In time for the national elections, the story of an ardent early-20th-century fighter for women’s suffrage.
Alice Paul was deeply committed to women’s voting rights, a passion inflamed in her youth when she witnessed her father but not her mother going to the polls. Reading in the Constitution that elections were open only to men, she schooled herself about suffrage and eventually joined the burgeoning movement. She organized parades, letter-writing campaigns, and White House protests, though her efforts failed initially. One attention-getting accomplishment was to steal Woodrow Wilson’s thunder when the newly elected president arrived at a Washington, D.C., train station expecting cheering crowds. Instead, the throngs were attending—some jeering at—a nearby parade Paul had organized. Even a meeting this nervy woman initiated with the president aroused little sympathy. The arrest of Paul and other suffragists during a protest—and strong support from the president’s daughter—finally convinced Wilson to urge Congress to pass a law granting women the vote. The simple narrative ably explains and arouses respect for Paul’s ardor and achievements. The cheery, cartoony illustrations, created in watercolor, colored pencil, and other media, show a generally smiling, white Paul in her signature floppy purple hat. Endpapers feature illustrated newspaper headlines that set events in context. Readers may regret the absence of a glossary.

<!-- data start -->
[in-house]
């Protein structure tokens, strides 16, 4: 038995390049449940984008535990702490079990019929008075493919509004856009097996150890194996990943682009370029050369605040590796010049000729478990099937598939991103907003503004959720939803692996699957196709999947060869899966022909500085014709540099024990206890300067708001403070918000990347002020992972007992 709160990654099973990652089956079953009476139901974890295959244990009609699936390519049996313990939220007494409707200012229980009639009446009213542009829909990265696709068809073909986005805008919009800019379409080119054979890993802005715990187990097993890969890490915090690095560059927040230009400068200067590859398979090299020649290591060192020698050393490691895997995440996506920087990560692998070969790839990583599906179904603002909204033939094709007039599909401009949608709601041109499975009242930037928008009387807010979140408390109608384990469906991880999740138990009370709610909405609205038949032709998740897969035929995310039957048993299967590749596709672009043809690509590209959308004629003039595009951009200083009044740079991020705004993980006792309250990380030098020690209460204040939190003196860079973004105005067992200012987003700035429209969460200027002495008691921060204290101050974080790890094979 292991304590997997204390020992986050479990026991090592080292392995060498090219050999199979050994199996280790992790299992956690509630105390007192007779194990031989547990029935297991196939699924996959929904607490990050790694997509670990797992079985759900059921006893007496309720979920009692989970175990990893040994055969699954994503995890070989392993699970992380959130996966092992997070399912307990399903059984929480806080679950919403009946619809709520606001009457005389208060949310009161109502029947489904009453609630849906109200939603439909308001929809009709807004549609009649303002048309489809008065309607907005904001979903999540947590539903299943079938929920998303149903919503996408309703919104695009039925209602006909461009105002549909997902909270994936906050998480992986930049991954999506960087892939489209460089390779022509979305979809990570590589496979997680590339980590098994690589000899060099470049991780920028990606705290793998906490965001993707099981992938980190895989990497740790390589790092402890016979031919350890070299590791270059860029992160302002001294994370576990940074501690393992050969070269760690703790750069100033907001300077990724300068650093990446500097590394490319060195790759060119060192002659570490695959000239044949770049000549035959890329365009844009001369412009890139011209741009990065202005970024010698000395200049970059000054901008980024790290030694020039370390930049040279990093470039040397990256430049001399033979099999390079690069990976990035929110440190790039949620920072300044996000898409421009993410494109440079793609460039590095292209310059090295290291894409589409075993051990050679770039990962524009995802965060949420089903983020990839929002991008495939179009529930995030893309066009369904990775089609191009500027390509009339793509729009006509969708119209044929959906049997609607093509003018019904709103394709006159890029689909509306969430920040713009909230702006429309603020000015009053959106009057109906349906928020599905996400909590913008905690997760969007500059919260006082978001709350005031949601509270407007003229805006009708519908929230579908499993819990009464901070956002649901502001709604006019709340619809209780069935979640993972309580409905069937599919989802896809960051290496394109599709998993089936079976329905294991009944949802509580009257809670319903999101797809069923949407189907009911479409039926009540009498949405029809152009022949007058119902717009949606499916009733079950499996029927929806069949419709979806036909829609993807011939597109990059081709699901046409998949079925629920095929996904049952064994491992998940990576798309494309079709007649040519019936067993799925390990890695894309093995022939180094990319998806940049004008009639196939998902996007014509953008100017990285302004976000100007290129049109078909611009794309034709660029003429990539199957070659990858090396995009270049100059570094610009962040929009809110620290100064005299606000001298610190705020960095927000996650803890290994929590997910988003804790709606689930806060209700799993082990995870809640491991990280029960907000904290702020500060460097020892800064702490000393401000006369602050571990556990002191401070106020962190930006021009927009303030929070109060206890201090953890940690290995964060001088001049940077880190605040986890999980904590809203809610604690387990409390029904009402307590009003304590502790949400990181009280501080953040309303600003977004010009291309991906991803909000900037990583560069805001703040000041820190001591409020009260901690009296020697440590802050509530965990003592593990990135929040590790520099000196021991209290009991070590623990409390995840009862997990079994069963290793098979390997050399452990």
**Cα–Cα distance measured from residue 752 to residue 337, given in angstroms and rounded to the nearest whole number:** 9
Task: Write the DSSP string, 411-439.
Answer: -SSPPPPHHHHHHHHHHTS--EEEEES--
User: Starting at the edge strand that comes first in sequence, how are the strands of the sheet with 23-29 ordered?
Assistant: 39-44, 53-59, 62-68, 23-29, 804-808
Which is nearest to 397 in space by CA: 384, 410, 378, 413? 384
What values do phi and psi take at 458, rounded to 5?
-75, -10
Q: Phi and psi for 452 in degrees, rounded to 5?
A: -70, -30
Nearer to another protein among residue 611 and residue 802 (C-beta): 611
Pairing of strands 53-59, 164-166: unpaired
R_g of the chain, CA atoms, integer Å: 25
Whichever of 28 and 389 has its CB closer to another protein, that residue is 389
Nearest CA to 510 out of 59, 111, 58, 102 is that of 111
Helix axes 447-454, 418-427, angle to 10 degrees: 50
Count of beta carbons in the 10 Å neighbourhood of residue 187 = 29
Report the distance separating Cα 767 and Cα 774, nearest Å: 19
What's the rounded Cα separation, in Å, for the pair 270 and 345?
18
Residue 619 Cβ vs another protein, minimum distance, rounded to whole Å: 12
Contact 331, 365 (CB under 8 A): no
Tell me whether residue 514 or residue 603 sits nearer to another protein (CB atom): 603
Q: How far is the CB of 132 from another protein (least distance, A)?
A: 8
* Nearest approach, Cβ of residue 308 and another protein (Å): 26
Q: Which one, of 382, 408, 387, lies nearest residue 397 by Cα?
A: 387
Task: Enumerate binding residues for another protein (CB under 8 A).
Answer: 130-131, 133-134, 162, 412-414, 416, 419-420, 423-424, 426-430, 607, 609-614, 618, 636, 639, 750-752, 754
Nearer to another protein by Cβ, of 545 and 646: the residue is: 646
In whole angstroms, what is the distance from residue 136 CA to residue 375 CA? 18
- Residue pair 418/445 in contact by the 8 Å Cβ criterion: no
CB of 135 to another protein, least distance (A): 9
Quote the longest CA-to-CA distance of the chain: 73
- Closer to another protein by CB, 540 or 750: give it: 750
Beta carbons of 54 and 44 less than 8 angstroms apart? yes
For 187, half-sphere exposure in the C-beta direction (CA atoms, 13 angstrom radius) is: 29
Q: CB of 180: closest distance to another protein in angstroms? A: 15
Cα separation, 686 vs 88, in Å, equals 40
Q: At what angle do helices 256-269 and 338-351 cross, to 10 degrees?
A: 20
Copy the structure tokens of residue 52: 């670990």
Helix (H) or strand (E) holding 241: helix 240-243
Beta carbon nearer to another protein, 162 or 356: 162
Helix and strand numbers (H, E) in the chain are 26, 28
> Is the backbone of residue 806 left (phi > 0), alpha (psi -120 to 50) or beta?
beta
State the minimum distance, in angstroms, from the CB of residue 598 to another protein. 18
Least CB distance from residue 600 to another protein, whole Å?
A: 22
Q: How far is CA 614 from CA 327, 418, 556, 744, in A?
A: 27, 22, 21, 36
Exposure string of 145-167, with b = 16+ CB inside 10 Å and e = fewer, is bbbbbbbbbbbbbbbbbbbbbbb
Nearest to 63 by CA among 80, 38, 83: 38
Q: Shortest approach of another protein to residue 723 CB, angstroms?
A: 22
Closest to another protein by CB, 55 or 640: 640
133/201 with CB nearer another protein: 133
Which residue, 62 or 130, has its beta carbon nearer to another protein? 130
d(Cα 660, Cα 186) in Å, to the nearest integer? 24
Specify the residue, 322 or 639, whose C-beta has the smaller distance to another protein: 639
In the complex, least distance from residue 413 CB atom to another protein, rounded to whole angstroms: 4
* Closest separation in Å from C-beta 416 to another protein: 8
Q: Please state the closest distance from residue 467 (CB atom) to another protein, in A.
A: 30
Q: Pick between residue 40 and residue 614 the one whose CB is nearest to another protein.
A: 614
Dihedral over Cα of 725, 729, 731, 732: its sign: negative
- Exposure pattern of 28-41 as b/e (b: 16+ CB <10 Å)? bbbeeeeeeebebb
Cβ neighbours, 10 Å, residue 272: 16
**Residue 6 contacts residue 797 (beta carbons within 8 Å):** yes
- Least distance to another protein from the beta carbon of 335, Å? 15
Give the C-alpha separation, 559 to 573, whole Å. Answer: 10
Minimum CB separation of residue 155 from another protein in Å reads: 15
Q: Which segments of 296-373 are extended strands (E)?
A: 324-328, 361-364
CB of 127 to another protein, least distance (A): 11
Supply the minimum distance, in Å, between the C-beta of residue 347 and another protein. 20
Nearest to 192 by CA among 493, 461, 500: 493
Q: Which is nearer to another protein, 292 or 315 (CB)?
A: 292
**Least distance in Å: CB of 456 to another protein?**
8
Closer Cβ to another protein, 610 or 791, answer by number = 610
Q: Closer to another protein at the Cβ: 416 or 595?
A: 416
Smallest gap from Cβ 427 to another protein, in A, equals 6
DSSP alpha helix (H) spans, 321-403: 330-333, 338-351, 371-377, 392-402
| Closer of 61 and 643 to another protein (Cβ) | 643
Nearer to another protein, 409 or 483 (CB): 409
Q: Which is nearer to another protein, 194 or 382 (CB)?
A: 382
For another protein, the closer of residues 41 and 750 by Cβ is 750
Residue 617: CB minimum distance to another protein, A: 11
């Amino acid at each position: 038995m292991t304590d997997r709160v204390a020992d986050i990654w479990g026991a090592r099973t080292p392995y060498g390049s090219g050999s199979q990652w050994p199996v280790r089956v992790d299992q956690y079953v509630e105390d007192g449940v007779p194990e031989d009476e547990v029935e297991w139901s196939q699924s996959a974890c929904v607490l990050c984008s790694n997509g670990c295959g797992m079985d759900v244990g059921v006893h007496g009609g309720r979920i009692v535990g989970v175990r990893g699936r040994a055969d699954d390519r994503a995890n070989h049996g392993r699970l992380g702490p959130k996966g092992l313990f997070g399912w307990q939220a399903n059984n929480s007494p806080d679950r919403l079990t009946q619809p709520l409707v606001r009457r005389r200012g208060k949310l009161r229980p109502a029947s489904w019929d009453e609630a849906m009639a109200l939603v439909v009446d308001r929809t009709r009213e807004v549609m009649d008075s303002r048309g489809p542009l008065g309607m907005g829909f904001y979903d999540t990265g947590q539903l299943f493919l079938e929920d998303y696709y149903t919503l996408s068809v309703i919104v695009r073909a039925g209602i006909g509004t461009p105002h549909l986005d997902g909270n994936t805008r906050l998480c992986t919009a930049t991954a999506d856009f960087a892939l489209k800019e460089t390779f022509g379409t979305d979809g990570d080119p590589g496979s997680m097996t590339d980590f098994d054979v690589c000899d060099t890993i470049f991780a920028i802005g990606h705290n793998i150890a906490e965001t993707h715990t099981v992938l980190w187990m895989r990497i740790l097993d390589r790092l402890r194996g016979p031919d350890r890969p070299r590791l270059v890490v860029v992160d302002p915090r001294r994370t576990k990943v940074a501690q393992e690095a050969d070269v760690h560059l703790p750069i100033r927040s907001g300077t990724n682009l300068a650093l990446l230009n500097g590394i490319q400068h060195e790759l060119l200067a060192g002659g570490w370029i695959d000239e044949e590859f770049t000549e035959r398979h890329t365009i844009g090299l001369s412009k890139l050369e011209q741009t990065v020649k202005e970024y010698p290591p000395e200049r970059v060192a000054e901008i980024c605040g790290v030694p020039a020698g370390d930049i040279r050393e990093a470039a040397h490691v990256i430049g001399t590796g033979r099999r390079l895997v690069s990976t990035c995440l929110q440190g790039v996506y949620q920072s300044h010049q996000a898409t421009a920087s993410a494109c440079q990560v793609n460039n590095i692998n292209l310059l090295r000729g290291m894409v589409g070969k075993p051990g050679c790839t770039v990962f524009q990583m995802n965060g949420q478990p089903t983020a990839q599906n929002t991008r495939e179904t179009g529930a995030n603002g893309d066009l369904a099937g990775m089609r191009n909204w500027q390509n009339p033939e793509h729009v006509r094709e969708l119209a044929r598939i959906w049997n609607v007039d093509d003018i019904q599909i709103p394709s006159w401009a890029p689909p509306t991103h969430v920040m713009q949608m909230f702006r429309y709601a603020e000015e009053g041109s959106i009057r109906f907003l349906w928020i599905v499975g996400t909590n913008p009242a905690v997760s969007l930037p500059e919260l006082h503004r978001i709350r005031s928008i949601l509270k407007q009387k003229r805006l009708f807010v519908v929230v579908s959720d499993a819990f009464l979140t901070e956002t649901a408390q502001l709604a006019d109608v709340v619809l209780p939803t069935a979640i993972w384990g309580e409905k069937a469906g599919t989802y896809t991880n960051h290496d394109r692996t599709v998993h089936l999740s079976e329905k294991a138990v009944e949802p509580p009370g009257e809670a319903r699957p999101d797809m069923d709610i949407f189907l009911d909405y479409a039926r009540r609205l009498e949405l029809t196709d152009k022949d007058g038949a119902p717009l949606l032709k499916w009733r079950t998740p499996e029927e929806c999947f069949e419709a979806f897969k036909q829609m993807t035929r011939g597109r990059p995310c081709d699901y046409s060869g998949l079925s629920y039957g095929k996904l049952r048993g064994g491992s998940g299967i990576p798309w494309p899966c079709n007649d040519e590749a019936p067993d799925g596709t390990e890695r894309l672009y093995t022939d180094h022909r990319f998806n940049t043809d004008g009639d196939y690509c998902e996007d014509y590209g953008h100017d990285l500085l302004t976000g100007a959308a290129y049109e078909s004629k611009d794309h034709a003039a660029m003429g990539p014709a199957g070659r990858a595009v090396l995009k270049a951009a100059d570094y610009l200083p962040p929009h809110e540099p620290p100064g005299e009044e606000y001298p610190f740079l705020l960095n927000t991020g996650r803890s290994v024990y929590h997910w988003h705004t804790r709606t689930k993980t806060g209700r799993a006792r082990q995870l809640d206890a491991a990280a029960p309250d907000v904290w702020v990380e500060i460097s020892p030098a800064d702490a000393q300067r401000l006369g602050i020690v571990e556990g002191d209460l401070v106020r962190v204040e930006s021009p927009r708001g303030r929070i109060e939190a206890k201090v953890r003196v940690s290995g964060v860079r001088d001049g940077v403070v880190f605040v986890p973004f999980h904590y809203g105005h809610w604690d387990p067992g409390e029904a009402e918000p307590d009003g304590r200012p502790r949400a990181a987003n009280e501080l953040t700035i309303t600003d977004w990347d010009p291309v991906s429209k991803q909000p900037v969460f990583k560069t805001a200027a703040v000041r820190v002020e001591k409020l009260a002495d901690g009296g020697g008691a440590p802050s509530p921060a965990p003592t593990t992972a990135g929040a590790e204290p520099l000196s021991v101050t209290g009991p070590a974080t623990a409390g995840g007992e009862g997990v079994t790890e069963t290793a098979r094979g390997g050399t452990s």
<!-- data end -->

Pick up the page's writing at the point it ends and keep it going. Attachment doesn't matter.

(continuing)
Useful for discussions about women’s rights and political influence. (author’s note, bibliography) (Informational picture book. 6-9)